“ICE is one of the two main agencies with the authority to search devices entering the country alongside Customs and Border Protection. Typically, CBP (also a Cellebrite customer) is the first port of call for intercepting devices as people land in America, but it often passes them on to ICE agents for more in-depth forensics. It appears ICE may have greater search powers too, in that CBP requires supervisory approval when copying a phone’s contents, whereas ICE does not, according to official guidance obtained by MuckRock.”

Editorial: Restore the 4th Amendment at the U.S. Border (Los Angeles Times, 4/12/17)

“Searches conducted without even a reasonable suspicion of unlawful activity aren’t just inefficient; they’re also an affront to Americans’ constitutional right to privacy. Adi and her fellow citizens are having the sensitive personal information on their digital devices hoovered up by federal agents — apparently because of where they traveled or their ethnicity, other times purportedly because of randomly applied scrutiny. Some even are having their devices searched before they leave.”

Opinion: Border agents can look at everything on your cell phone. Congress shoujld change that. (Washington Post, 4/12/17)

And in other news:

Trump Plan Would Curtail Protections for Detained Immigrants (New York Times, 4/13/17)

“Kevin Landy, who in the Obama administration directed ICE’s Office of Detention Policy and Planning, which is closing, said the changes would depart from years of efforts to improve the health and safety of people held on immigration violations, especially those in jails built for serious criminals.

“A decision to simultaneously abandon detention standards could have disastrous consequences for the health and safety of these individuals,” he said.

Police departments say they don’t enforce immigration laws. But their manuals say something different (Los Angeles Times, 4/12/17) Police in at least 11 California jurisdictions use handbooks from Lexipol, which include instructions for questioning about immigration status. (Here’s the text of the policy in the handbook.)

“Culver City police say officers don’t enforce federal immigration law. The City Council declared the town a so-called sanctuary city last month, promising to protect the public safety of all city residents, regardless of immigration status.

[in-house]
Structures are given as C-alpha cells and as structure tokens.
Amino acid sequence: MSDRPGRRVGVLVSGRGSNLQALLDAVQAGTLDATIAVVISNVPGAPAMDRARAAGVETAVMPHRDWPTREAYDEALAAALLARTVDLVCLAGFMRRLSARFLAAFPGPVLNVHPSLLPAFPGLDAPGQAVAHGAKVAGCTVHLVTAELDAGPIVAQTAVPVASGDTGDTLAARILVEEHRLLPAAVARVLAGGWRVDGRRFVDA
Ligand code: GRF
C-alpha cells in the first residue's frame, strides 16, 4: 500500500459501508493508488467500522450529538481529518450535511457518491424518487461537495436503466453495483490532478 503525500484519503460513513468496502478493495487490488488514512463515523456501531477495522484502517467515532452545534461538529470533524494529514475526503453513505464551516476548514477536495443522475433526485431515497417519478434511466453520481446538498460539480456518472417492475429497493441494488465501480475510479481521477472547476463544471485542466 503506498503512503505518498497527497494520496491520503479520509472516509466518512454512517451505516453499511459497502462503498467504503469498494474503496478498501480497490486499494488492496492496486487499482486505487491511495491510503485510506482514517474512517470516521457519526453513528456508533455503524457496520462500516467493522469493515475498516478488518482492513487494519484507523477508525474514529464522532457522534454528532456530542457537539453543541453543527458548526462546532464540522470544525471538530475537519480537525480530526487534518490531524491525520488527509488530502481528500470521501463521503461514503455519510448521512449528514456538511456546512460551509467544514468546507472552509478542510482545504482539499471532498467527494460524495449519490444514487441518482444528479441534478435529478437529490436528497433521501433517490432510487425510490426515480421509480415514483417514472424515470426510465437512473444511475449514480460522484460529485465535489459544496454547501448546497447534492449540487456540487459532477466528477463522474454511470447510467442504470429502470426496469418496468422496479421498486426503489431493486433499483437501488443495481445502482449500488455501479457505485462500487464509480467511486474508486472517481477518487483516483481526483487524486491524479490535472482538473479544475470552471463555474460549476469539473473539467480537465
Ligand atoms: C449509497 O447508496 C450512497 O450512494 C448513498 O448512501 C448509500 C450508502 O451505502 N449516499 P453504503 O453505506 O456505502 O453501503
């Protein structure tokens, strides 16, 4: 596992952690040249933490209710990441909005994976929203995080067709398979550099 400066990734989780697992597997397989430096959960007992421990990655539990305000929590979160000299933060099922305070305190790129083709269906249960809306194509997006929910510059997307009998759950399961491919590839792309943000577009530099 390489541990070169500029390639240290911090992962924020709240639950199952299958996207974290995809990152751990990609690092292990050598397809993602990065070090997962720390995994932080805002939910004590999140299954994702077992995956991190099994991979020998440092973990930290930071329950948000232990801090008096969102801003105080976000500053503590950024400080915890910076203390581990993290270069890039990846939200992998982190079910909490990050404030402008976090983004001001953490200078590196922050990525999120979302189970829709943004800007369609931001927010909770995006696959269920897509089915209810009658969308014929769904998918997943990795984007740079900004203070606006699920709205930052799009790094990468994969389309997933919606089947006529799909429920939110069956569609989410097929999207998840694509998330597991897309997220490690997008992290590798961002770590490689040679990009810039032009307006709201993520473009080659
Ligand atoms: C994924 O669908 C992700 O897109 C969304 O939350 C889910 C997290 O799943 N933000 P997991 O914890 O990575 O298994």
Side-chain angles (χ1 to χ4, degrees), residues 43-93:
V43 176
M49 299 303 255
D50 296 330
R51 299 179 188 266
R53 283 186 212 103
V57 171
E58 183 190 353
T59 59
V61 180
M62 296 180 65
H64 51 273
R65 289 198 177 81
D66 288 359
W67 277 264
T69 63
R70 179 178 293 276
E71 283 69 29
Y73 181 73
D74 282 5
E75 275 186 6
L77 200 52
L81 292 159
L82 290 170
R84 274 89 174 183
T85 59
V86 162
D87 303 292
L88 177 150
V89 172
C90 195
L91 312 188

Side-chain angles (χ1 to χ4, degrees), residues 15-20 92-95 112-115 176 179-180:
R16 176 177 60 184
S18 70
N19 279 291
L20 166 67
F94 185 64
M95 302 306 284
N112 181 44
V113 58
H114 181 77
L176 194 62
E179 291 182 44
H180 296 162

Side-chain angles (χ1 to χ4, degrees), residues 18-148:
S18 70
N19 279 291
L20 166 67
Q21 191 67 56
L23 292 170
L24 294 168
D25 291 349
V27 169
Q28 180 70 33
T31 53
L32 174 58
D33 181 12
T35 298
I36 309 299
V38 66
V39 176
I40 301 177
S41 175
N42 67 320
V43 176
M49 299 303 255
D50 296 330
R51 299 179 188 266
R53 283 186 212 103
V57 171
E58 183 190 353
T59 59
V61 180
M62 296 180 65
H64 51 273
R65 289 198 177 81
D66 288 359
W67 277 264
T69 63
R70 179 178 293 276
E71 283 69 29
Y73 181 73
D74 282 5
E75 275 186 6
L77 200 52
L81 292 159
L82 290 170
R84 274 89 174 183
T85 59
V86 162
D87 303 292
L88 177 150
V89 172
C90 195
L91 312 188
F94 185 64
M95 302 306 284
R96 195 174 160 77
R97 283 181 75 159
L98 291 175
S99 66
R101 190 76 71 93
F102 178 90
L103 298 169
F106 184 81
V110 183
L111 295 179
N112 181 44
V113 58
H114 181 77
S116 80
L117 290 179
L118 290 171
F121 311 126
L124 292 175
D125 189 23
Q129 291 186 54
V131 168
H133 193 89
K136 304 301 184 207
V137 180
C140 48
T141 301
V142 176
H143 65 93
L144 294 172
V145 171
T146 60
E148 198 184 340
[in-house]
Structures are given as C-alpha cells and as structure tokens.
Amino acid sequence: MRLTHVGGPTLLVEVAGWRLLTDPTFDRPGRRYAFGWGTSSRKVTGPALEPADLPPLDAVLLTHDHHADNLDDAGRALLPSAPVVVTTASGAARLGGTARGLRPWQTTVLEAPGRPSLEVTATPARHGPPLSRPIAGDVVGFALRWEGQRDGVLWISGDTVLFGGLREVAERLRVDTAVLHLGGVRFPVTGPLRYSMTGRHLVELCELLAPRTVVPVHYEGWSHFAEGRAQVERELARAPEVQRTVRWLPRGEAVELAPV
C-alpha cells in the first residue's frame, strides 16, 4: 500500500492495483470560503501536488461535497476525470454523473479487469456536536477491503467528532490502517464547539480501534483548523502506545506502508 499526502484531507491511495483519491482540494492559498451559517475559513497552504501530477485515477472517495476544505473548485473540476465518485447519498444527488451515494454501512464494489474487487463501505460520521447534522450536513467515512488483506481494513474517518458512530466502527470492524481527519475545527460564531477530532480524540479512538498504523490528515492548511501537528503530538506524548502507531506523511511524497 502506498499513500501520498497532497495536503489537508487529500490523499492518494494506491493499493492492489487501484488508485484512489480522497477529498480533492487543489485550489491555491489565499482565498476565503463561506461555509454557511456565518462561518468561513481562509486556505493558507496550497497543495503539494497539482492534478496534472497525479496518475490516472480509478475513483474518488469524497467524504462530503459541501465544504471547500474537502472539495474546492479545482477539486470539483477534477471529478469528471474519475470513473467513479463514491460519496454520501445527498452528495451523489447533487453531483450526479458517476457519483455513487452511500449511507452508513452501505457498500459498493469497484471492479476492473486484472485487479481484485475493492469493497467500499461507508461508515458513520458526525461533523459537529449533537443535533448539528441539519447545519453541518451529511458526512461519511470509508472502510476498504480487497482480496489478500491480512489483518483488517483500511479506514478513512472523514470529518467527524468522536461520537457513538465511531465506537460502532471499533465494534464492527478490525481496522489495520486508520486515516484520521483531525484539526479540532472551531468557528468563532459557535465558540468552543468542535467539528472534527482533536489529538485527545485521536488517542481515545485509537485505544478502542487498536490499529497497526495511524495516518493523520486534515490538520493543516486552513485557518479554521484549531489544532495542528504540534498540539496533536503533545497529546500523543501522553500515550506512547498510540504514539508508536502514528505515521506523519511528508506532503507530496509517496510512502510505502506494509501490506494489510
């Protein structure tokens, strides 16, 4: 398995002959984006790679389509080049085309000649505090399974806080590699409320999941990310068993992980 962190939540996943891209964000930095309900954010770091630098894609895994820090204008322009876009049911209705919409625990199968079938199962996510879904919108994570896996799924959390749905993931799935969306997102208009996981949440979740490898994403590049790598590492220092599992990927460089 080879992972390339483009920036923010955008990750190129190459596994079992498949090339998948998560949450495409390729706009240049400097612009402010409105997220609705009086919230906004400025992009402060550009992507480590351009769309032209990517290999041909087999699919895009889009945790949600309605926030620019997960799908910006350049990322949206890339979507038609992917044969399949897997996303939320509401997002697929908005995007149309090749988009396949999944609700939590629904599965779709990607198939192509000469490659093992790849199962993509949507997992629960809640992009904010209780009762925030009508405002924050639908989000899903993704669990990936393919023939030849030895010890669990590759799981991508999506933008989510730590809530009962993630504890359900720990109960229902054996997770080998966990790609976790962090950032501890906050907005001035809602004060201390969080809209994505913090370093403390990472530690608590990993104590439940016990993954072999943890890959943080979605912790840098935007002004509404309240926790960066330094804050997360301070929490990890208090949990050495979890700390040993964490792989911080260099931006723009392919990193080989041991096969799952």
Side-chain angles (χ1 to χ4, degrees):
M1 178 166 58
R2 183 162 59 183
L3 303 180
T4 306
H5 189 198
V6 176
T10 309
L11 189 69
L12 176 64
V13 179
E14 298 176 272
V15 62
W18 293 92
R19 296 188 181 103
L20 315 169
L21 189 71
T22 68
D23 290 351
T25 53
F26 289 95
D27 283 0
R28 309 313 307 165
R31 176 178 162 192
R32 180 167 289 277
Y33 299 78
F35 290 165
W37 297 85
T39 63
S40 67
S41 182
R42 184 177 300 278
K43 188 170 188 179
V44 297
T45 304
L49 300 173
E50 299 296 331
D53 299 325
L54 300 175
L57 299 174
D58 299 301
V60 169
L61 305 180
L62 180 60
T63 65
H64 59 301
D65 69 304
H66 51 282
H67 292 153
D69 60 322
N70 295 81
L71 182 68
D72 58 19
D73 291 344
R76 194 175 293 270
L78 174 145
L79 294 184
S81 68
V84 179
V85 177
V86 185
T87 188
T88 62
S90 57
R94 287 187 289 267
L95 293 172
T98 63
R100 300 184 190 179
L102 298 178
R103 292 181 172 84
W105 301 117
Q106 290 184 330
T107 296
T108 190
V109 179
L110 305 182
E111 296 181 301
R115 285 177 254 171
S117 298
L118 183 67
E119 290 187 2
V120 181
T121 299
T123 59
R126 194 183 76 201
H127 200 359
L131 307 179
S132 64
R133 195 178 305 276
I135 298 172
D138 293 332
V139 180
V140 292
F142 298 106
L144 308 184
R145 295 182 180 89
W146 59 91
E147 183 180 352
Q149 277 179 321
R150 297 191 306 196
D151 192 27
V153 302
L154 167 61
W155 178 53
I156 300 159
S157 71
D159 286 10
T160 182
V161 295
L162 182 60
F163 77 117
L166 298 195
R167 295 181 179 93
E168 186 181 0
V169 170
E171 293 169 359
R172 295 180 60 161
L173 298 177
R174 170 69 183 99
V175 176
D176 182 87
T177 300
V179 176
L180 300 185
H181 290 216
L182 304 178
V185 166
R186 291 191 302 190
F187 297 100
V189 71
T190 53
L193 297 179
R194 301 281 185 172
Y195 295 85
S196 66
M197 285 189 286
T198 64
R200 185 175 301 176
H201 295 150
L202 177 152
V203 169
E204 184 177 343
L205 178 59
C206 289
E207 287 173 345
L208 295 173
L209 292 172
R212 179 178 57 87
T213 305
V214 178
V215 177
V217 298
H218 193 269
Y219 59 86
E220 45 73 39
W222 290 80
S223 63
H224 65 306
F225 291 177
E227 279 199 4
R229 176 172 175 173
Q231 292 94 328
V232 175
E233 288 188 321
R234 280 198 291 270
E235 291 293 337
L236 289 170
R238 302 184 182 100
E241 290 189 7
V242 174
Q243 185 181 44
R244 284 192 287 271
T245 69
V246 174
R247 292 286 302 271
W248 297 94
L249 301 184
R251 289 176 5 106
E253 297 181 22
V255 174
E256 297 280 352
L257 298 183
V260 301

“But the Police Department’s manual seems to suggest something different, offering officers guidance on how to stop people suspected of illegally entering the U.S., a misdemeanor under federal law.

“Culver City’s policy says “a lack of English proficiency may be considered” as a possible criterion for police to suspect that someone entered the country illegally, though it goes on to say that “it should not be the sole factor in establishing reasonable suspicion.”

U.S. Expected to Return 4,000 Somali Migrants to Their Homeland (VOA, 4/8/17)

‘Since Somalia’s embassy in Washington reopened in November 2015, the ambassador said, about 170 Somali immigrants who either ran afoul of U.S. law or had their asylum applications rejected have been deported to Mogadishu, the Somali capital.

“Most of those previously deported had applied for but been denied political asylum in the U.S., he added. Another group of Somali applicants whose requests for asylum have been denied are now in detention centers or prisons, awaiting deportation….

“Since Somalia has lacked a strong central government for more than a quarter-century, many Western nations have refrained from forcibly returning Somali immigrants to their home country because of safety concerns. U.S. immigration policies have been tightened considerably under the administration of President Donald Trump, and such a clemency policy for Somali nationals is no longer being observed.”

Sanctuary cities crackdown threatens government shutdown (Politico, 4/12/17) If the president’s budget director succeeds tin getting Congressional Republicans to include sanctuary city sanctions in the budget bill – and that could be a “poison pill” that would lead to a government shutdown at the end of April.

Latino political group turning attention from Washington to state capitals (Washington Post, 4/13/17)

Migrant crisis: Nearly 100 missing after Libya boat sinks (BBC, 4/13/17)


About Mary Turck

News Day, written by Mary Turck, analyzes, summarizes, links to, and comments on reports from news media around the world, with particular attention to immigration, education, and journalism. Fragments, also written by Mary Turck, has fiction, poetry and some creative non-fiction. Mary Turck edited TC Daily Planet, www.tcdailyplanet.net, from 2007-2014, and edited the award-winning Connection to the Americas and AMERICAS.ORG, in its pre-2008 version. She is also a recovering attorney and the author of many books for young people (and a few for adults), mostly focusing on historical and social issues.